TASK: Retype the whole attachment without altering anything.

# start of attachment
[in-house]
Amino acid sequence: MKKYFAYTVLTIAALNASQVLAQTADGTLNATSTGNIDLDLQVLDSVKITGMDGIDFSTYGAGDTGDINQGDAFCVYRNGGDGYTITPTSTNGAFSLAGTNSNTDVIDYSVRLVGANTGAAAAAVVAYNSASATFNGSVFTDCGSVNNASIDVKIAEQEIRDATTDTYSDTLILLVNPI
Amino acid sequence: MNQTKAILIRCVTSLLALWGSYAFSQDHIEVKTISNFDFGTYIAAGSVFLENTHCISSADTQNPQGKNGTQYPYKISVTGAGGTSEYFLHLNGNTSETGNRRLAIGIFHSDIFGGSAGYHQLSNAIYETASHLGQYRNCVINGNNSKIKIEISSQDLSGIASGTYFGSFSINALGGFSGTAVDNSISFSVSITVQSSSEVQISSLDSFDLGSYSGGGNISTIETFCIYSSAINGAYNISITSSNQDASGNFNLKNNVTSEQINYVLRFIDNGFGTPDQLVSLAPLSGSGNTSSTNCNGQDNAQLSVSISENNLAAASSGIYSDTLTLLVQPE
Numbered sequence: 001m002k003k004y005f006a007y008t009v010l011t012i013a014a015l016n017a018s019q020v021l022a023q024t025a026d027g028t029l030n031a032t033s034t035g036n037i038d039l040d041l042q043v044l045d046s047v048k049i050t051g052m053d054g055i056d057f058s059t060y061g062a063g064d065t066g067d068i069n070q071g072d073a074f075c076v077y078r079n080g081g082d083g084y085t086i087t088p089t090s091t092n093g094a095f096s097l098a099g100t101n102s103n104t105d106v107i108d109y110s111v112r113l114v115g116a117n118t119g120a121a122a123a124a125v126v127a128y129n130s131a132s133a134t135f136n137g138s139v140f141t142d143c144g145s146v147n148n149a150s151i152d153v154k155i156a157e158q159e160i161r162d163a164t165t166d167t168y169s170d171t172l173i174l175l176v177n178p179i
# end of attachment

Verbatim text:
[in-house]
Amino acid sequence: MKKYFAYTVLTIAALNASQVLAQTADGTLNATSTGNIDLDLQVLDSVKITGMDGIDFSTYGAGDTGDINQGDAFCVYRNGGDGYTITPTSTNGAFSLAGTNSNTDVIDYSVRLVGANTGAAAAAVVAYNSASATFNGSVFTDCGSVNNASIDVKIAEQEIRDATTDTYSDTLILLVNPI
Amino acid sequence: MNQTKAILIRCVTSLLALWGSYAFSQDHIEVKTISNFDFGTYIAAGSVFLENTHCISSADTQNPQGKNGTQYPYKISVTGAGGTSEYFLHLNGNTSETGNRRLAIGIFHSDIFGGSAGYHQLSNAIYETASHLGQYRNCVINGNNSKIKIEISSQDLSGIASGTYFGSFSINALGGFSGTAVDNSISFSVSITVQSSSEVQISSLDSFDLGSYSGGGNISTIETFCIYSSAINGAYNISITSSNQDASGNFNLKNNVTSEQINYVLRFIDNGFGTPDQLVSLAPLSGSGNTSSTNCNGQDNAQLSVSISENNLAAASSGIYSDTLTLLVQPE
Numbered sequence: 001m002k003k004y005f006a007y008t009v010l011t012i013a014a015l016n017a018s019q020v021l022a023q024t025a026d027g028t029l030n031a032t033s034t035g036n037i038d039l040d041l042q043v044l045d046s047v048k049i050t051g052m053d054g055i056d057f058s059t060y061g062a063g064d065t066g067d068i069n070q071g072d073a074f075c076v077y078r079n080g081g082d083g084y085t086i087t088p089t090s091t092n093g094a095f096s097l098a099g100t101n102s103n104t105d106v107i108d109y110s111v112r113l114v115g116a117n118t119g120a121a122a123a124a125v126v127a128y129n130s131a132s133a134t135f136n137g138s139v140f141t142d143c144g145s146v147n148n149a150s151i152d153v154k155i156a157e158q159e160i161r162d163a164t165t166d167t168y169s170d171t172l173i174l175l176v177n178p179i